I have some javascript, which generates new ECDSA public-private keypair. However all the resulting public keys which I generate seem to have fixed prefix.

This seems strange to me, since the beginning is always the same. Is this correct? Or should I expect all pub keys to be more random?

Here is example of generated public keys (base58 encoded):

  • $\begingroup$ My guess would be that the prefix is some ASN.1 structuring that also indicates the used curve and byte lengths. $\endgroup$
    – SEJPM
    Aug 26, 2017 at 12:39
  • $\begingroup$ You will need to specify what library you're talking about. Otherwise, who knows what metadata it adds to its public key format? $\endgroup$ Aug 26, 2017 at 12:57
  • $\begingroup$ I thought that a binary representation of the public key is given, platform-independant, library-independant. It is not? $\endgroup$
    – Tomas M
    Aug 26, 2017 at 13:29
  • $\begingroup$ There is one fairly commonly used standard, X.509's SubjectPublicKeyInfo more conveniently described in rfc 3279 et rel, and that is what you have, but there are quite a few other formats used by some program(s) or library(ies). $\endgroup$ Aug 27, 2017 at 1:12
  • $\begingroup$ I'm sure this is just a encoding problem and is not "cryptographically" on-topic here. How can I flag it as such? $\endgroup$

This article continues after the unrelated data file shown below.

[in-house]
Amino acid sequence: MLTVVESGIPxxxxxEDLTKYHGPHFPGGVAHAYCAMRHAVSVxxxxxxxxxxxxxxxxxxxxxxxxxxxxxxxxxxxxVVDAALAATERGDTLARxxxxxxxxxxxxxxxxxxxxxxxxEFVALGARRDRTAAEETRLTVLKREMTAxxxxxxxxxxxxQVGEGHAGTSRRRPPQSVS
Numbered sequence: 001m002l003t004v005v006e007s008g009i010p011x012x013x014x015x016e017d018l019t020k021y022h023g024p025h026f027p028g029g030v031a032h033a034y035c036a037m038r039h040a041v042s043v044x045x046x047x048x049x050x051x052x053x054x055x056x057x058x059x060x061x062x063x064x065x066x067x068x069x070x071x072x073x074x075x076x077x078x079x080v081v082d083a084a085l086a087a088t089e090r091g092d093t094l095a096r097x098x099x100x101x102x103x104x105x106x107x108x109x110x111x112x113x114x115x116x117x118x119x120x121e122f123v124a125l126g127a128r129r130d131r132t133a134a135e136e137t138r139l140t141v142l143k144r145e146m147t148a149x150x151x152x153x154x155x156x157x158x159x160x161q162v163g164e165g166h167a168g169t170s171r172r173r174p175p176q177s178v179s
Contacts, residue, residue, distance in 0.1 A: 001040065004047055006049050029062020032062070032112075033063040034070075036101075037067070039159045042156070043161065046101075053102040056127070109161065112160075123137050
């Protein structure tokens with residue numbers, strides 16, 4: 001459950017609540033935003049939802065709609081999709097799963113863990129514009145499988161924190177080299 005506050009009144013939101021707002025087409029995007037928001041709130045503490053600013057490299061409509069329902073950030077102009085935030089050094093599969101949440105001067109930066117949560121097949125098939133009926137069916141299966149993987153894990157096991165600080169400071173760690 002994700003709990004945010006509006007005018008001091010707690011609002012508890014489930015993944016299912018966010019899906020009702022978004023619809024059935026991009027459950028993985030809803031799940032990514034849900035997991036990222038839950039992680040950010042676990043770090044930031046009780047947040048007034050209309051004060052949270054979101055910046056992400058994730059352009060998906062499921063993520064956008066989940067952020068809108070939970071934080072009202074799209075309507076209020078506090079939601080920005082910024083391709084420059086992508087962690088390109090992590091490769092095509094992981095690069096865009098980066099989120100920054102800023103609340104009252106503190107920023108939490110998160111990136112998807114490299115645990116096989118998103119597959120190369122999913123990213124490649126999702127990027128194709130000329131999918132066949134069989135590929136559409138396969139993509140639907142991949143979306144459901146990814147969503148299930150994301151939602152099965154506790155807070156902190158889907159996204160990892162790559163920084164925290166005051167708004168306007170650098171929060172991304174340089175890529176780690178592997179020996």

– DannyNiu
    Aug 28, 2017 at 4:31

1 Answer 1


Your keys are ASN.1 structures. I decoded first one to hex:


When I gave this to ASN.1 parser, it shows me the next structure:

--------ObjectIdentifier 1.2.840.10045.2.1 [ecPublicKey]
--------ObjectIdentifier 1.2.840.10045.3.1.7 [prime256v1]
----BITSTRING [04405134b8399a666f12ada32f19f646f85fb7d1fc3d9aa0688bf8984a35b86ad49fbb96cfad78b994013d06d7b98c09b0104323dd0a2473cdca79342277027d3f]

So, your keys have the same prefix, because they contain algorithm identifier and curve identifier. Public key is just EC point.

  • $\begingroup$ So, basically, if the software (javascript native crypto) generates the keys I have, is it safe to use them? Does it bring any security risk to publish the keys while they contain the identifiers? $\endgroup$
    – Tomas M
    Aug 27, 2017 at 11:11
  • $\begingroup$ No risks, secp256r1 is the most widely used curve. Even without these identifiers it is easy to guess them. $\endgroup$
    – Zergatul
    Aug 27, 2017 at 11:17

Your Answer

By clicking “Post Your Answer”, you agree to our terms of service and acknowledge you have read our privacy policy.

Not the answer you're looking for? Browse other questions tagged or ask your own question.